|Junior walking stick from Hawes
I grew up in the North East of England at a time when family holidays seldom amounted to more than one week a year. We spent ours at towns and resorts which today would seem little further away than a day trip destination. One year we travelled to Whitby, another to Edinburgh, and once to Berwick on Tweed. There was a trip to Keswick too, which my father, in one of his bouts of depression, refused at the last minute to go on— my Mum took me and my brothers regardless, travelling by bus and train, then walking up hills every day to tire us out.
In some ways it's not surprising that my father didn't come, because mostly he hated holidays—only later in the Seventies when he could lie on a beach in the Spanish sun that he was ever happy to leave home. Whether that was because of his depression or his inherent demeanour I don't know, but I do remember the rows just to get him to go for a picnic. When my mother learned to drive, she at last found the freedom that would convince her to leave for good.
But the exception to this rather gloomy beginning for a blog post were our visits to Hawes in the Yorkshire Dales. My father had been an evacuee there—arriving as a family unit with his brother and my grandmother; presumably, my grandfather was enlisted at the time. They lodged in a manor on the edge of the town and at some point moved to a farm across the fields from what later became the Wensleydale Creamery.
On our first visit my father took us to the 'large house', and I remember we were all peering over the wall into a bramble filled garden when a voice shrieked. 'Are you looking at my wilderness!' Leaning out of the upstairs window was what I took to be a witch with long ragged hair, tattered clothes and boney arms—very much the 'lady in the attic' look. Which turned out to be not so far off the mark...
After explanations and introductions, we were invited in for tea. The present owner was, to use a phrase of the time, completely barking! The house was a ramshackle ruin of peeling paper, broken china, and musty chairs. She claimed to keep her husband upstairs in a cupboard, which I was later told not to take too literally, but never quite shook the suspicion of its truth. Whenever we passed by my father would tell stories of the times he'd spent there and in the area.
Looking back, there were few places that my father enthused over as much as the Yorkshire Dales. I sometimes wonder if the reason for this was that his own father was away for the time he was there? My grandfather was a uniquely wonderful man, but I'm under no illusion that he wasn't always the best or most present of dads. There was a bond between my father and his mother that I sense came from those years and was associated in his mind to the places they'd stayed.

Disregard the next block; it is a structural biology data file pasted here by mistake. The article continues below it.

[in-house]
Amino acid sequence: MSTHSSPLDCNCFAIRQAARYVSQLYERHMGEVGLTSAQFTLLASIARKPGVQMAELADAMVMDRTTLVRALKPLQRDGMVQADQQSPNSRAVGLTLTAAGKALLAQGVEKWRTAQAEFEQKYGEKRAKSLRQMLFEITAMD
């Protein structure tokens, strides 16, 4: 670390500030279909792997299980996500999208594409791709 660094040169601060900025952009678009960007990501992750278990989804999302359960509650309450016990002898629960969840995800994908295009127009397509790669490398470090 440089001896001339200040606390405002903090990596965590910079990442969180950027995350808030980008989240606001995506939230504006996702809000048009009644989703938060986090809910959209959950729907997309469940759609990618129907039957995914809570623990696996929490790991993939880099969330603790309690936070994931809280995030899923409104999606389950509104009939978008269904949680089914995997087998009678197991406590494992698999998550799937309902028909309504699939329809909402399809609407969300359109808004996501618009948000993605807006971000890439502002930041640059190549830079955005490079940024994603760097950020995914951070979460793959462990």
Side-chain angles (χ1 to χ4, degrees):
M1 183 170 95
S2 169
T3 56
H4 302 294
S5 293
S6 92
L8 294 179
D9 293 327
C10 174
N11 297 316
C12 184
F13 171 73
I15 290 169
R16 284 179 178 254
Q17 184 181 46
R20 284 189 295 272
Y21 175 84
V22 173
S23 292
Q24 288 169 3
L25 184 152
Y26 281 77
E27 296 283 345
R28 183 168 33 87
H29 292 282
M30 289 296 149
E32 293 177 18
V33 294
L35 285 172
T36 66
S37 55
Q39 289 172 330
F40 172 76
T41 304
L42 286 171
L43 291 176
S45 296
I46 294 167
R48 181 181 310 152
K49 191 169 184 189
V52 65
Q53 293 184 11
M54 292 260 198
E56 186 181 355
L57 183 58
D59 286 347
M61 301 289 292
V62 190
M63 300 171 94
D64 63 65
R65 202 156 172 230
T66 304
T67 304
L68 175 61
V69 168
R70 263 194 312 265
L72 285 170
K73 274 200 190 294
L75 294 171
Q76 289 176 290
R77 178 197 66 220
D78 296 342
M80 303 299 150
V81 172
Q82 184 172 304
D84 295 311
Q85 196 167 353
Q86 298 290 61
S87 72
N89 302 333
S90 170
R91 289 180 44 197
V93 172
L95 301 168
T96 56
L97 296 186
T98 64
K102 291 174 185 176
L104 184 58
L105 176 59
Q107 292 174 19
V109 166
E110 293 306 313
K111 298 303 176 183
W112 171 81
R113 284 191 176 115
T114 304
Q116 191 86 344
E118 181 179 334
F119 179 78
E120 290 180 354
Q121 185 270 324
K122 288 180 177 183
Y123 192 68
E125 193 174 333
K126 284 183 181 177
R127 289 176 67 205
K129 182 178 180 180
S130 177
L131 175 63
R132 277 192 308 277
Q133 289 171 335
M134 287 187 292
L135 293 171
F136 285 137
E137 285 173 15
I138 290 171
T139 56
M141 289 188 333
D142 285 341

He took us often to the nearby village of Gayle and a brook he called Belia Banks which I can't find on the map and may be spelling incorrectly, but it's where we went looking for—and caught—crayfish. We also went to Aysgarth Falls and the Buttertubs Pass and the cheese factory; in the town we visited a ropemaker and nearby a chap who made clogs, from whom my mother bought a miniature pair which sat for years on our hearth at home...
And somewhere in all of this, I acquired a walking stick, of the size suitable for an eight-year-old boy.
That stick is the second oldest object I have from my childhood. Beating it by a few years is a French faience bowl, but as that has sat in the china cupboard and storage boxes for much of the last fifty years it doesn't carry the same store of memories. In truth, because it's so small I've not been able to use the stick for most of those years either— but always I treasured it, and my sons have played with it and somehow it's never not been 'around'. Currently it lives in an umbrella stand by the coat rack.
Before writing this post I took the time to look at it again, examining the knots and burrs, the careful bending of the wood to shape the handle. It's probably made from hazel or ash and has a brass ferrule that rattles because the shaft has shrunk—there's a tiny split near the base of the cane which I hope can be repaired. At one time it was varnished, but only remnants remain, the years of wear and rough play removing all but a few flecks here and there.
But you know, there's only much you can say about a stick—or indeed, that needs to be said. Because it's not so much the thing in and of itself that's important. It's the connection it holds to those holidays: to the times we stayed at the farm B&B and drank goat's milk, and chased the geese over the field each morning, me waving my stick to drive them.. and to the names and places that are with me still, and to the memory of my father for once not hating it quite so much.
It has just occurred to me now that when our first son was born, Jane and I took him with us to Hawes for a holiday that summer. We carried him in a backpack on our walks: to Gayle and the Buttertubs Pass, to Aysgarth Falls and the ropemaker in town... I'm sure we must have been to a stick maker too... and certainly, we bought some cheese from the creamery, and looked for the large house and saw the fields of geese...
Oh, how life—and our lives—turn in circles...